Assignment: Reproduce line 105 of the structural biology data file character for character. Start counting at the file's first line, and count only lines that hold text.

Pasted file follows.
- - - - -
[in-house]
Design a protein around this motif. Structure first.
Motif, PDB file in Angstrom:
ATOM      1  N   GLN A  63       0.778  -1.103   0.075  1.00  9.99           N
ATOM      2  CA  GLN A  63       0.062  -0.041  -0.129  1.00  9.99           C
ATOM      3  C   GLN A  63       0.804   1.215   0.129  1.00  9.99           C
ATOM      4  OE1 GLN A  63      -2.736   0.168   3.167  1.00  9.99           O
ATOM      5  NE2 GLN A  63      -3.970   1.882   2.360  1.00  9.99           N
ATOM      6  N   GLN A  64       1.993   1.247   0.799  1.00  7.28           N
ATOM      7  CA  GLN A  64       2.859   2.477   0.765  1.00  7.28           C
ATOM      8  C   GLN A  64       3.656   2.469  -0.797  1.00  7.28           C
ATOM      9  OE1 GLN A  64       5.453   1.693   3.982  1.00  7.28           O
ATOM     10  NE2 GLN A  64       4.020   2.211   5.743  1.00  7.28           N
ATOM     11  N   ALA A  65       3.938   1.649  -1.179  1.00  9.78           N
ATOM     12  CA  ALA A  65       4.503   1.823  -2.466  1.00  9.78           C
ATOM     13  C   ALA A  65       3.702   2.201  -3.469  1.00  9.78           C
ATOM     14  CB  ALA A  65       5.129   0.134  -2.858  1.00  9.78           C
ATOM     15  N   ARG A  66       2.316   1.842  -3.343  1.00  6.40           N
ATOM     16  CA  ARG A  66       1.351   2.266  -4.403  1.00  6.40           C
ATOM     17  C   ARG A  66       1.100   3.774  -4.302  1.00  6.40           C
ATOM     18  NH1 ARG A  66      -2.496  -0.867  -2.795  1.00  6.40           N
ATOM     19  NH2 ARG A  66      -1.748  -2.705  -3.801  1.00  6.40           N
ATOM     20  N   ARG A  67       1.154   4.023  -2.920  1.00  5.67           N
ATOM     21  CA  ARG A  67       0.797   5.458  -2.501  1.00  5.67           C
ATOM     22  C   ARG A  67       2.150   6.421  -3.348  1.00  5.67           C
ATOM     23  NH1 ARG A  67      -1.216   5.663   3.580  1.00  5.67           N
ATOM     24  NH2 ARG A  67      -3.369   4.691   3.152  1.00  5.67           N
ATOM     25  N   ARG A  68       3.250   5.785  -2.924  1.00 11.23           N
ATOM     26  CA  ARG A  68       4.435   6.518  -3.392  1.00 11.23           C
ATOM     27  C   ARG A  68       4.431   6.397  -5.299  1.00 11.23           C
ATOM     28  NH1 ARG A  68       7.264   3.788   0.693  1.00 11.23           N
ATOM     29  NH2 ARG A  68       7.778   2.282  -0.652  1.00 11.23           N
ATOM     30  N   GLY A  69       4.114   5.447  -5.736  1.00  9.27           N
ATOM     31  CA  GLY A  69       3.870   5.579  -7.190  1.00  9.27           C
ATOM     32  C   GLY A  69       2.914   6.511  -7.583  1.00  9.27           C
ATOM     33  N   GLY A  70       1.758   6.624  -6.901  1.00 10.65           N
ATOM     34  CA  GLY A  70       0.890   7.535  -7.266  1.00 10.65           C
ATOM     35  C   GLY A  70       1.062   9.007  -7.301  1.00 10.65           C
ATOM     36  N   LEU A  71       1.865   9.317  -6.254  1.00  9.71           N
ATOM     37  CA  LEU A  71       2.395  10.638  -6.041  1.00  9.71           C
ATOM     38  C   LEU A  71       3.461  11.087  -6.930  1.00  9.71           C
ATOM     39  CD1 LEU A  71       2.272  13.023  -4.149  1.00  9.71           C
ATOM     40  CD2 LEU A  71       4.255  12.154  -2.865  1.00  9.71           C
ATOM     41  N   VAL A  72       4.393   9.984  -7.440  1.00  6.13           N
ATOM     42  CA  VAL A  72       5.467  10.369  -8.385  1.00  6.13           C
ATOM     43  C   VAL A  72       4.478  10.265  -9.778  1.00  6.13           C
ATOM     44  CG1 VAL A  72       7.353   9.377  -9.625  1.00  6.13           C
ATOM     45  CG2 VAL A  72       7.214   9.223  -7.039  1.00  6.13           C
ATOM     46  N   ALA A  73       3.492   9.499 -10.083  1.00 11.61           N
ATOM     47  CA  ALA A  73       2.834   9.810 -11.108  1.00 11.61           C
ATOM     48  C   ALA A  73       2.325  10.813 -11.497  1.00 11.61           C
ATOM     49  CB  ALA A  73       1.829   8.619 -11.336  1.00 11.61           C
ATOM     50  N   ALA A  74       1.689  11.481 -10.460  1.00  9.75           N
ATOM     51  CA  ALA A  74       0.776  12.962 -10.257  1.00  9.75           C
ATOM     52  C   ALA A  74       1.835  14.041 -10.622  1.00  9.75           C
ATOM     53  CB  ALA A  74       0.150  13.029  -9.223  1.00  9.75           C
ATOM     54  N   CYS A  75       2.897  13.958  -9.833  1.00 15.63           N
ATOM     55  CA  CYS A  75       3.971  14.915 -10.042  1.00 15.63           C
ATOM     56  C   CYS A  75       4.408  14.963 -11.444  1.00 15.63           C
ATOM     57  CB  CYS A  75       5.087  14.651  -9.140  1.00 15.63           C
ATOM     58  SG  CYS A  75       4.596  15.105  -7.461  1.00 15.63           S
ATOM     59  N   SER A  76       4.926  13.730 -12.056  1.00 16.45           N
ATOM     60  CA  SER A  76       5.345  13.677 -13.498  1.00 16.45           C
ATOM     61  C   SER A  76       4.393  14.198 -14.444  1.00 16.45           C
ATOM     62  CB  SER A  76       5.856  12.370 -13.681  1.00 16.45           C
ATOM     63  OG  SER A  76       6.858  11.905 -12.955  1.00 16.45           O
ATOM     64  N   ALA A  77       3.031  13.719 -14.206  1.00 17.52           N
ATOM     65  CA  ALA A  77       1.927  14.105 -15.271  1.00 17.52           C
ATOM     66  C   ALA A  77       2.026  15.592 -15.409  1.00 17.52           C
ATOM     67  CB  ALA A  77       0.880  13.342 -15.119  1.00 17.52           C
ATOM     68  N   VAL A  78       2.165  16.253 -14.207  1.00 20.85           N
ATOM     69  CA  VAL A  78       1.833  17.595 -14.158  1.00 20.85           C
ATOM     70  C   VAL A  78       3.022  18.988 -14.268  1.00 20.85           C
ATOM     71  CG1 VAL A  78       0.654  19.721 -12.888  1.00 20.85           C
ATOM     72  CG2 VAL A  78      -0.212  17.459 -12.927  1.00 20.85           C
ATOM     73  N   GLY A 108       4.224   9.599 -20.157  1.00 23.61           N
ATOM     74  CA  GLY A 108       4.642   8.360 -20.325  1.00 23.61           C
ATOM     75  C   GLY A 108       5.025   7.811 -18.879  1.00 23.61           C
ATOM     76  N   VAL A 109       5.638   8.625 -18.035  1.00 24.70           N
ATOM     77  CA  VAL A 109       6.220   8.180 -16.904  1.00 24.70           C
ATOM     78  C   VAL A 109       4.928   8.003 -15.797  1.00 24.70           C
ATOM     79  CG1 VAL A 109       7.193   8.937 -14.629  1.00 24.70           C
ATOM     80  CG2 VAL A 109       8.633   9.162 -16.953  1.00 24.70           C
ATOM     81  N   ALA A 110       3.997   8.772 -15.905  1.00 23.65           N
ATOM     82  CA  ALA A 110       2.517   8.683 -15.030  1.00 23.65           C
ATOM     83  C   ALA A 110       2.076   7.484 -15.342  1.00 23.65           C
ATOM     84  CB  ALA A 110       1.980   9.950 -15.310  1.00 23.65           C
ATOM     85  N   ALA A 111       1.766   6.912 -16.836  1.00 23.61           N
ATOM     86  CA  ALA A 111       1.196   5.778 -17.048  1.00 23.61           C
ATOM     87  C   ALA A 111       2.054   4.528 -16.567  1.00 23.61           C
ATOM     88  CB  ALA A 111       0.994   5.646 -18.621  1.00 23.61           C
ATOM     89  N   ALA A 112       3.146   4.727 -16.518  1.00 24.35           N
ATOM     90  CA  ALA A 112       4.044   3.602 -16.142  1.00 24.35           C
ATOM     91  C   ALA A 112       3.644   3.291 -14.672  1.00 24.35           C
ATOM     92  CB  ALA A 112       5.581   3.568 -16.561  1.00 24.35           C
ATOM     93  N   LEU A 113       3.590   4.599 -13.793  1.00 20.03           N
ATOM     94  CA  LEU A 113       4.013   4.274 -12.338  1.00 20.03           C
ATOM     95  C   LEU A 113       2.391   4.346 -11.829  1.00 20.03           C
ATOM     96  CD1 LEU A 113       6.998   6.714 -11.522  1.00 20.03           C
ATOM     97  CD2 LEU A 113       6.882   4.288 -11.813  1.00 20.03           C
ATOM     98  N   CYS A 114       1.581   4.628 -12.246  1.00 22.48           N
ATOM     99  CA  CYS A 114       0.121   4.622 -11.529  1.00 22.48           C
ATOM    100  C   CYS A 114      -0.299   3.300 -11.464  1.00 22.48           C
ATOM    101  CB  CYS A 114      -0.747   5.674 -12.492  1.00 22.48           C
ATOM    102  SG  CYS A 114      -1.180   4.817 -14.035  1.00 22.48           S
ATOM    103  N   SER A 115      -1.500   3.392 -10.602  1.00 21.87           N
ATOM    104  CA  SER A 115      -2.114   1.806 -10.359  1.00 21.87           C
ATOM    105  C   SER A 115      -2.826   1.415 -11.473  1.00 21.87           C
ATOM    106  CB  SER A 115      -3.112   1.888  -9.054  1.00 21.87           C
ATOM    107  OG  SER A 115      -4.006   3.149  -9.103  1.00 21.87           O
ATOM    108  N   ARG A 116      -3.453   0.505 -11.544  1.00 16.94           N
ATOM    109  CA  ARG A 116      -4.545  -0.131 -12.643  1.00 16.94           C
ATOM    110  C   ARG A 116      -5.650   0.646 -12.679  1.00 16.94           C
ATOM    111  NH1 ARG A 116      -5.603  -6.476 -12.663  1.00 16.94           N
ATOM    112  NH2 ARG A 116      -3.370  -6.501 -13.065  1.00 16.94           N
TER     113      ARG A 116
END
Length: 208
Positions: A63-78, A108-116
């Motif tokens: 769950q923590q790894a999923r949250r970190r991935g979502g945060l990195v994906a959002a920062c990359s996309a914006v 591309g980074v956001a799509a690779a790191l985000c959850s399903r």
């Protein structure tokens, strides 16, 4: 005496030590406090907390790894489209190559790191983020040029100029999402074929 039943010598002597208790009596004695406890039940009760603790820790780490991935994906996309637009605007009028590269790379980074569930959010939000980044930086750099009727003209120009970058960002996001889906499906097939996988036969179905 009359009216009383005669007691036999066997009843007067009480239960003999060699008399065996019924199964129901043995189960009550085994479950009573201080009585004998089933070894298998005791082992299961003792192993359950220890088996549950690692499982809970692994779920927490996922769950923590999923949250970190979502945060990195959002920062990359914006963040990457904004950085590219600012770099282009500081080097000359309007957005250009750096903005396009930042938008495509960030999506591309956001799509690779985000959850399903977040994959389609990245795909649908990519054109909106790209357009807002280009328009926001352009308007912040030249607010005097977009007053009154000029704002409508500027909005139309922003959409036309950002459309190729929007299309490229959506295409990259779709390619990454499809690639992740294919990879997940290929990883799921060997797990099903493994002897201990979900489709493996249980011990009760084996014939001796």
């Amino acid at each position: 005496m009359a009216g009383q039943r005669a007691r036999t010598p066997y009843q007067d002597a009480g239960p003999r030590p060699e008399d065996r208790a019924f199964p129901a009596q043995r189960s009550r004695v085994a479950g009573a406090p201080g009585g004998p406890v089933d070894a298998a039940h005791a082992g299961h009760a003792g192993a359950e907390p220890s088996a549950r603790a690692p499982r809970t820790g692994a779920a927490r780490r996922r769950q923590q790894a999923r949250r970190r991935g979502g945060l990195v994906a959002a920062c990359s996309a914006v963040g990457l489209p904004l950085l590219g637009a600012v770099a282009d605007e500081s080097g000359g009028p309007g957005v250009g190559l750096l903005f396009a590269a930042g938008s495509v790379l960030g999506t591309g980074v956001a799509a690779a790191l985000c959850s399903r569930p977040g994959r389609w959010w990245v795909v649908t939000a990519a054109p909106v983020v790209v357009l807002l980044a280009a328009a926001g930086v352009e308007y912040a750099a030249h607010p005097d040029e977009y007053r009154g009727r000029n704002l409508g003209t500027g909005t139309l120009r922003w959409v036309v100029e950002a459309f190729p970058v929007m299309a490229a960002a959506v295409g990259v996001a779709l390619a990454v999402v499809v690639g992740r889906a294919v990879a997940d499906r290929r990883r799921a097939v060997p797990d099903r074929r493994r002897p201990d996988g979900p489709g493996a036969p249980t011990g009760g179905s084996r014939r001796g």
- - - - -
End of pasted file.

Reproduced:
ATOM    102  SG  CYS A 114      -1.180   4.817 -14.035  1.00 22.48           S